Europe’s cleanest beaches are Greek

97% of Greece’s bathing areas are characterized as excellent, according to the latest annual report by the European Commission and the European Environment Agency (EEA) on bathing water quality based on research data from 2018.

The survey was conducted across Europe and, in the case of Greece, a total of 1,598 captive areas, including coasts, rivers and lakes, were surveyed. The evaluation criteria were two microbiological parameters defined by the Bathing Directive.

According to the European report, more than 85% of bathing areas across Europe met the highest and strictest quality standards for water clarity in 2018. 

The vast majority (95.4%) of the 21.831 monitored bathing areas in the 28 EU Member States met the minimum quality requirements under EU rules. In addition, 300 bathing areas monitored in Albania and Switzerland.

The proportion of bathing areas meeting the highest standards of “excellent quality” rose slightly from 85% in 2017 to 85.1% in the previous year. The number of those meeting the minimum requirements for “good quality” declined from 96% to 95.4% from 2017 to 2018. This slight decrease is mainly due to the opening of new bathing areas for which the a set of data for the four bathing seasons required to be designated under the Directive. In 2018, 301 (or 1.3%) of all bathing areas in the EU, Albania and Switzerland were described as “poor quality”. This figure is slightly below 1.4% in 2017.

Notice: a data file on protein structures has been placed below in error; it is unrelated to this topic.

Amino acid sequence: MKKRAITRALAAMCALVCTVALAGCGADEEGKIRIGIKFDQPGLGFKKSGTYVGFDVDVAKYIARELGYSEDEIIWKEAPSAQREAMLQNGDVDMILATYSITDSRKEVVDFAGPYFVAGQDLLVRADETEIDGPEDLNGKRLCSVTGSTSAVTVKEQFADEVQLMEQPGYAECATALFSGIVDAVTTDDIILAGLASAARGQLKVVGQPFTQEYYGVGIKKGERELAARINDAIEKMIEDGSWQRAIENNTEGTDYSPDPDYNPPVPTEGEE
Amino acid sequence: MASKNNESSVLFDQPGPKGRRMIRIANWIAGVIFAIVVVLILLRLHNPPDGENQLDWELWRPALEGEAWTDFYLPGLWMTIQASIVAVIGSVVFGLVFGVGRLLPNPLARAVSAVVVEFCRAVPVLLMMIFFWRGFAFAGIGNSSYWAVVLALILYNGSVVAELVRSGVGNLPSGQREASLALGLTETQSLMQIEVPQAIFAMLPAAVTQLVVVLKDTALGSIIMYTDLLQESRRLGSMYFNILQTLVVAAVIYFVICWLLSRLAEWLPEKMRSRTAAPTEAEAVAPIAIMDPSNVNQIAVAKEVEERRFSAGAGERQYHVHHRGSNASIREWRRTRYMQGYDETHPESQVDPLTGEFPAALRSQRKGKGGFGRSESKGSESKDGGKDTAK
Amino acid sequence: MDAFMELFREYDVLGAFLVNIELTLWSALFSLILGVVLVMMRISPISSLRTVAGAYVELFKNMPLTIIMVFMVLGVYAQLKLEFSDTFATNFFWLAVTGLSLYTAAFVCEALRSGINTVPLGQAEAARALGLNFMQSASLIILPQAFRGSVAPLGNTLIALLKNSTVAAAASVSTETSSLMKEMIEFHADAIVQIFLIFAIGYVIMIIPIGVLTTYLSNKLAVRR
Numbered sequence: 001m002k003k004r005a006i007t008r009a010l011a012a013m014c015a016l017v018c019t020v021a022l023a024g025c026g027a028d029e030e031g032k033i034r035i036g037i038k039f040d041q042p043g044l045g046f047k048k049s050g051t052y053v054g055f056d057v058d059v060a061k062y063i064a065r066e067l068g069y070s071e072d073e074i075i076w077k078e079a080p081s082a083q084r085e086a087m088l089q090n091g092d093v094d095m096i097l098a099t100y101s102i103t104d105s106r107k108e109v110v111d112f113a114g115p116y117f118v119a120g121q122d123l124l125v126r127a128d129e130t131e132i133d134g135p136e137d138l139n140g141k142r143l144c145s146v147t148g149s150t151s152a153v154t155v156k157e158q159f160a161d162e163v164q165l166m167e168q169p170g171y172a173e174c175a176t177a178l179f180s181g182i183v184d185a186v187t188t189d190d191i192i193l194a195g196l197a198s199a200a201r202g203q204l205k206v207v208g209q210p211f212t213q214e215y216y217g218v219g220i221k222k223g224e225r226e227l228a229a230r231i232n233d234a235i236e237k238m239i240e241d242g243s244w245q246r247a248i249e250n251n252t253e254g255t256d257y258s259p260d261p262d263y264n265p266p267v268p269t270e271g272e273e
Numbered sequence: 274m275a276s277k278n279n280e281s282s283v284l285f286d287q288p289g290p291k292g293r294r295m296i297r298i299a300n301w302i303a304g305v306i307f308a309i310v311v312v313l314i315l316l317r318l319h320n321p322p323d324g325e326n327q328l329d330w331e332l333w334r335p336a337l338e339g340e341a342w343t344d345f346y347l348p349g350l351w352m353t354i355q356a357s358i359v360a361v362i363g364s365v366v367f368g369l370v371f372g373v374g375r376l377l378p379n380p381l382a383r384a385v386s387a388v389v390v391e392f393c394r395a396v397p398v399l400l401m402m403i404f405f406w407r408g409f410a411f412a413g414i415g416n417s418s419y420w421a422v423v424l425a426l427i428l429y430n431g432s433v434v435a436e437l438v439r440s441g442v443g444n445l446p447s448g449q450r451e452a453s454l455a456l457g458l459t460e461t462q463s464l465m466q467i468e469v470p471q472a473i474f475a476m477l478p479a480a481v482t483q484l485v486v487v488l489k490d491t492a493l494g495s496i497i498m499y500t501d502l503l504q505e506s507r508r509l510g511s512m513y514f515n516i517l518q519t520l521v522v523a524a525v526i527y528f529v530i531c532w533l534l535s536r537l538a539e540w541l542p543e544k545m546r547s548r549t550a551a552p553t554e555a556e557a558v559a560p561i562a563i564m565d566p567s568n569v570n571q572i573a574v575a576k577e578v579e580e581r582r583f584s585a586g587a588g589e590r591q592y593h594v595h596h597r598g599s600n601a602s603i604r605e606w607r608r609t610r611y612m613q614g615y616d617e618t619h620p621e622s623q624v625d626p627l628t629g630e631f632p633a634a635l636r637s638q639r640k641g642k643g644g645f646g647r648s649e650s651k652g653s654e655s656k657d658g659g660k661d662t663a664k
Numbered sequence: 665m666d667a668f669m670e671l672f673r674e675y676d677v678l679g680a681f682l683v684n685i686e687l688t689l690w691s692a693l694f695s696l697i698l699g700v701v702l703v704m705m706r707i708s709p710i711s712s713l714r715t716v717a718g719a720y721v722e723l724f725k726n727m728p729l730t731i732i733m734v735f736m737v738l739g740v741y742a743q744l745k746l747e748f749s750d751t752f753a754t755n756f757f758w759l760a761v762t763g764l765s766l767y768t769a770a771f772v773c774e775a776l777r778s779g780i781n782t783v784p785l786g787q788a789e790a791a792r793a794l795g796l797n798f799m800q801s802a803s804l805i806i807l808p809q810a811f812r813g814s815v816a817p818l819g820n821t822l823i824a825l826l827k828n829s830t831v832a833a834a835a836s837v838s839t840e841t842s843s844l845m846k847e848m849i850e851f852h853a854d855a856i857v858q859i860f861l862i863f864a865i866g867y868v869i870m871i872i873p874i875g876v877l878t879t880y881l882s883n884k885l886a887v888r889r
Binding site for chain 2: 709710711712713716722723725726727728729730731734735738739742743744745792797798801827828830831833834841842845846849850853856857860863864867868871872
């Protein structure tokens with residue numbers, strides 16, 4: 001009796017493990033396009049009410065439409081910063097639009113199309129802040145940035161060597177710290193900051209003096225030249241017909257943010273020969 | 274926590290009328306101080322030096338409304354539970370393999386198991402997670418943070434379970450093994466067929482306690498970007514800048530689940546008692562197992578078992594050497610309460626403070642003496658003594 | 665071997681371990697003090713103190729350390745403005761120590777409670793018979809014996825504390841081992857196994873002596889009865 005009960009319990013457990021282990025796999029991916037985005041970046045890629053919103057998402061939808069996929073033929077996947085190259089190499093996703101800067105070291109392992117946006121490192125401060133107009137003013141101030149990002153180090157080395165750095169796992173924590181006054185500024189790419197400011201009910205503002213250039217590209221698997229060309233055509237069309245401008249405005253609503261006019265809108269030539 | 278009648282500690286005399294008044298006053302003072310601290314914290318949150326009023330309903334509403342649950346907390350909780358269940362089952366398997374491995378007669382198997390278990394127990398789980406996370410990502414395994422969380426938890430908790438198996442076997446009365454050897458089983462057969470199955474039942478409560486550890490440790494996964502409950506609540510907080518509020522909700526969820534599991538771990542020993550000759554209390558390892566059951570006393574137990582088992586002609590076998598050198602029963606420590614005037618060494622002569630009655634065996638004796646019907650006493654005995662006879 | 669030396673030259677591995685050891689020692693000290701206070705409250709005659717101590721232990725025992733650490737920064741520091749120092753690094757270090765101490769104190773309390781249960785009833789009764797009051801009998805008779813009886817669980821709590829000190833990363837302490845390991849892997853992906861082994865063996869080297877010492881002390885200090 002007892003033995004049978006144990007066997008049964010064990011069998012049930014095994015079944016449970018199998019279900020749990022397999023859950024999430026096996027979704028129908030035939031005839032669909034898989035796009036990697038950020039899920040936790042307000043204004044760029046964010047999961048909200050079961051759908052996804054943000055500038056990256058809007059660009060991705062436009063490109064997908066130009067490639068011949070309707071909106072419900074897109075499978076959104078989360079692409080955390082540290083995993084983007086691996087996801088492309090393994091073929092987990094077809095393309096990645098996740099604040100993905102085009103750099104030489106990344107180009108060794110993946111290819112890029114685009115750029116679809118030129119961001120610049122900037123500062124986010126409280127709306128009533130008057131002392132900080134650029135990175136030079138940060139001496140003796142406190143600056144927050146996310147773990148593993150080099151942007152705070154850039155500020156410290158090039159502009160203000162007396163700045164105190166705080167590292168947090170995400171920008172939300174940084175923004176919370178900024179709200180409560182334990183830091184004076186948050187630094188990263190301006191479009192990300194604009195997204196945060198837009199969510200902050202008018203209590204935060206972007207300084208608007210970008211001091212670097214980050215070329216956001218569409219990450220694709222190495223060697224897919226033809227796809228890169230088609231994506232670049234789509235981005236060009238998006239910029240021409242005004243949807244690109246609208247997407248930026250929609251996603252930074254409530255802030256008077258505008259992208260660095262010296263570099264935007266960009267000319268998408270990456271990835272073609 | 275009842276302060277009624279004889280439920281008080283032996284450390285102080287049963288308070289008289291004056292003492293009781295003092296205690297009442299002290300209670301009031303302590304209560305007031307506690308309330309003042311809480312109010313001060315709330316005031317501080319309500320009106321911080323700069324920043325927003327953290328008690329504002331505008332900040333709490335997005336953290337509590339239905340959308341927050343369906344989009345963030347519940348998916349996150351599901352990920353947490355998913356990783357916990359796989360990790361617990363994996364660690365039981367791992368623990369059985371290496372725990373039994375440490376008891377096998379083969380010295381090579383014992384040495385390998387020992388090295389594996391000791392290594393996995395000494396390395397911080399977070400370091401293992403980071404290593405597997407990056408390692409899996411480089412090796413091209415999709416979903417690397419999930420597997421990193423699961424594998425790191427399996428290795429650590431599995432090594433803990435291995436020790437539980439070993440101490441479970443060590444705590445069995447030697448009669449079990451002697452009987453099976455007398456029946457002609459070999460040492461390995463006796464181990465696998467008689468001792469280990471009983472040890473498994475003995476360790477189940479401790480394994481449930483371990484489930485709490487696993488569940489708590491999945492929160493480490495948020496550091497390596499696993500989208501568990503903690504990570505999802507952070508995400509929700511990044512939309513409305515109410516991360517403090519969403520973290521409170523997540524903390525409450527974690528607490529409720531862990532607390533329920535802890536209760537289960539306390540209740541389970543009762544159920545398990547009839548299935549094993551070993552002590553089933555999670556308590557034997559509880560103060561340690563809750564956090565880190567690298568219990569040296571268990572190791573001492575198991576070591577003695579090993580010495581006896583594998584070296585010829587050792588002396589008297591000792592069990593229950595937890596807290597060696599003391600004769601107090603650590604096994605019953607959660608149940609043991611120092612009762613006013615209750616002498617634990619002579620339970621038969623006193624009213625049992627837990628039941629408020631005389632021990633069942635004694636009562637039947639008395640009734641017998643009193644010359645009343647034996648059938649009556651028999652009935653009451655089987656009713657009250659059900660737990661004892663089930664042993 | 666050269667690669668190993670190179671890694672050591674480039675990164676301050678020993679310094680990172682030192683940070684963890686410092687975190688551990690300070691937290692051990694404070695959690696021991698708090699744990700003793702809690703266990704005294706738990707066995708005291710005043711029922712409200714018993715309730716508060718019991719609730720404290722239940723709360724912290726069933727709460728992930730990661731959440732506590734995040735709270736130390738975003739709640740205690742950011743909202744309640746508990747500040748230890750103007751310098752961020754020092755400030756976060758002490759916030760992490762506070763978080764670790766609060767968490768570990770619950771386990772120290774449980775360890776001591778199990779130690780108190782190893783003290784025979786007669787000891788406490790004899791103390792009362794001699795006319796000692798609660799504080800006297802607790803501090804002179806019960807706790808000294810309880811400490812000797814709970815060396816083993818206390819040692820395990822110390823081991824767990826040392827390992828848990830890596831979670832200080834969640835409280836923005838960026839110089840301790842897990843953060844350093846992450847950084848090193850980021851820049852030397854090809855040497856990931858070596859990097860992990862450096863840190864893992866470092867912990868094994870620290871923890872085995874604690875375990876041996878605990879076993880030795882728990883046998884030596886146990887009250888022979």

In four countries, 95% or more of the bathing areas were found to have excellent quality water: in Cyprus (99.1% of all bathing areas), in Malta (98.9% of all bathing areas), in Austria , 3% of all bathing areas) and in Greece (97% of all bathing areas).

All declared bathing areas in Cyprus, Greece, Latvia, Luxembourg, Malta, Romania and Slovenia had at least a sufficient quality in 2018.

The three countries with the highest numbers of bathing areas with poor water quality are Italy (89 bathing areas or 1.6%), France (54 bathing areas or 1.6%) and Spain (50 bathing areas or 2.2 %). Compared to 2017, the number of bathing areas in France with poor water quality has decreased (from 80 in 2017 to 54 in 2018), while areas with inadequate bathing water quality in Italy (from 79 to 89) and Spain (from 38 to 50).


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